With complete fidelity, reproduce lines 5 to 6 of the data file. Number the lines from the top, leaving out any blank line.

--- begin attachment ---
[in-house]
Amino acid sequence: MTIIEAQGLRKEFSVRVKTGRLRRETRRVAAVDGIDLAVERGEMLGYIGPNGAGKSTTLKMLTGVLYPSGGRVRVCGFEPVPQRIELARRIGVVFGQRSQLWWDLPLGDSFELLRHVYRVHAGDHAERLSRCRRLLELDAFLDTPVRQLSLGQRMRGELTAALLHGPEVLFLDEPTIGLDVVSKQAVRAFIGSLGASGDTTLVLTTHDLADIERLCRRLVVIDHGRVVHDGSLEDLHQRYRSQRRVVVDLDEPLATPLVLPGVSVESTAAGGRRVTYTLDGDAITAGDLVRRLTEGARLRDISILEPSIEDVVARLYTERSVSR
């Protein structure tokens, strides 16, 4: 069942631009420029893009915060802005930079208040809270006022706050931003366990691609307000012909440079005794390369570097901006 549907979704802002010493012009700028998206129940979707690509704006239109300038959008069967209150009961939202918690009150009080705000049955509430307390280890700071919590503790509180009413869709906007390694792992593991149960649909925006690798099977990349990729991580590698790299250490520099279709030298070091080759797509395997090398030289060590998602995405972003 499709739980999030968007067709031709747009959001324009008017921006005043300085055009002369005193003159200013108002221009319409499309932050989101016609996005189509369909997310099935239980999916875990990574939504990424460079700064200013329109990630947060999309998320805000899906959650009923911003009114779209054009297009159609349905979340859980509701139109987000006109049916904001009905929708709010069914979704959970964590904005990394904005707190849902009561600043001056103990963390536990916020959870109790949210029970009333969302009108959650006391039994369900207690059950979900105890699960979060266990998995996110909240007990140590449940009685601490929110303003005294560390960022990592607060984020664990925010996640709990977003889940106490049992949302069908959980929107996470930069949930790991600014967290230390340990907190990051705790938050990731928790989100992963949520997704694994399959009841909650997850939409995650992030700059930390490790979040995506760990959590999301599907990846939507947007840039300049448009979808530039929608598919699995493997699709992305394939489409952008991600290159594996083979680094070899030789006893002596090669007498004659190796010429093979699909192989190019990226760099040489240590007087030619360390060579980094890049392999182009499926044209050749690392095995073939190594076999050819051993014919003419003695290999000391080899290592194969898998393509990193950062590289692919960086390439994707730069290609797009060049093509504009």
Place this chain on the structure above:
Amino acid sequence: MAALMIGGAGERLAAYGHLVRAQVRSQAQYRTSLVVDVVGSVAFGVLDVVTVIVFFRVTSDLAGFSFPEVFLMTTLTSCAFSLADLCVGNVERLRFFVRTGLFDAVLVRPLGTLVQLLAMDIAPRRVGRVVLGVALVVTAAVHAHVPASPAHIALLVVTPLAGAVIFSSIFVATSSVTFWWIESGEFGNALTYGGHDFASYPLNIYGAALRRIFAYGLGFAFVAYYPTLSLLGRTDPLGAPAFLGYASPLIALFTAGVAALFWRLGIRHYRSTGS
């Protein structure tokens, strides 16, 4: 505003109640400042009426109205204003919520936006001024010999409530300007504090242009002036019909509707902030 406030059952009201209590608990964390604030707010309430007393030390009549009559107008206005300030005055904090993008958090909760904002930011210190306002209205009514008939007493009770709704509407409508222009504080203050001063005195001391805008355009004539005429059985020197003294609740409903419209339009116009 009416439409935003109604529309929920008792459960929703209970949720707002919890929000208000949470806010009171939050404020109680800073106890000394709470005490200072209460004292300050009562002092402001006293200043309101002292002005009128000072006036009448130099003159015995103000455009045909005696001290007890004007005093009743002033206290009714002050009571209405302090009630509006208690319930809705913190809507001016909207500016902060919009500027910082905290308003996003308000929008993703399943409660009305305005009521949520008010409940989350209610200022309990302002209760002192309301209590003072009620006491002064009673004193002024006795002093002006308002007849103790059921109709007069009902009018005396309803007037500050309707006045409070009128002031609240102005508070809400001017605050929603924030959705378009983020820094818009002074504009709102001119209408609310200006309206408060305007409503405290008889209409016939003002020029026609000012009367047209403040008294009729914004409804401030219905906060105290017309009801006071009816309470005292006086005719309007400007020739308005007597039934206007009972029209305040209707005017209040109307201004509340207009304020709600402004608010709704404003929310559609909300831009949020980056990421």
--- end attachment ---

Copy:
Amino acid sequence: MAALMIGGAGERLAAYGHLVRAQVRSQAQYRTSLVVDVVGSVAFGVLDVVTVIVFFRVTSDLAGFSFPEVFLMTTLTSCAFSLADLCVGNVERLRFFVRTGLFDAVLVRPLGTLVQLLAMDIAPRRVGRVVLGVALVVTAAVHAHVPASPAHIALLVVTPLAGAVIFSSIFVATSSVTFWWIESGEFGNALTYGGHDFASYPLNIYGAALRRIFAYGLGFAFVAYYPTLSLLGRTDPLGAPAFLGYASPLIALFTAGVAALFWRLGIRHYRSTGS
């Protein structure tokens, strides 16, 4: 505003109640400042009426109205204003919520936006001024010999409530300007504090242009002036019909509707902030 406030059952009201209590608990964390604030707010309430007393030390009549009559107008206005300030005055904090993008958090909760904002930011210190306002209205009514008939007493009770709704509407409508222009504080203050001063005195001391805008355009004539005429059985020197003294609740409903419209339009116009 009416439409935003109604529309929920008792459960929703209970949720707002919890929000208000949470806010009171939050404020109680800073106890000394709470005490200072209460004292300050009562002092402001006293200043309101002292002005009128000072006036009448130099003159015995103000455009045909005696001290007890004007005093009743002033206290009714002050009571209405302090009630509006208690319930809705913190809507001016909207500016902060919009500027910082905290308003996003308000929008993703399943409660009305305005009521949520008010409940989350209610200022309990302002209760002192309301209590003072009620006491002064009673004193002024006795002093002006308002007849103790059921109709007069009902009018005396309803007037500050309707006045409070009128002031609240102005508070809400001017605050929603924030959705378009983020820094818009002074504009709102001119209408609310200006309206408060305007409503405290008889209409016939003002020029026609000012009367047209403040008294009729914004409804401030219905906060105290017309009801006071009816309470005292006086005719309007400007020739308005007597039934206007009972029209305040209707005017209040109307201004509340207009304020709600402004608010709704404003929310559609909300831009949020980056990421």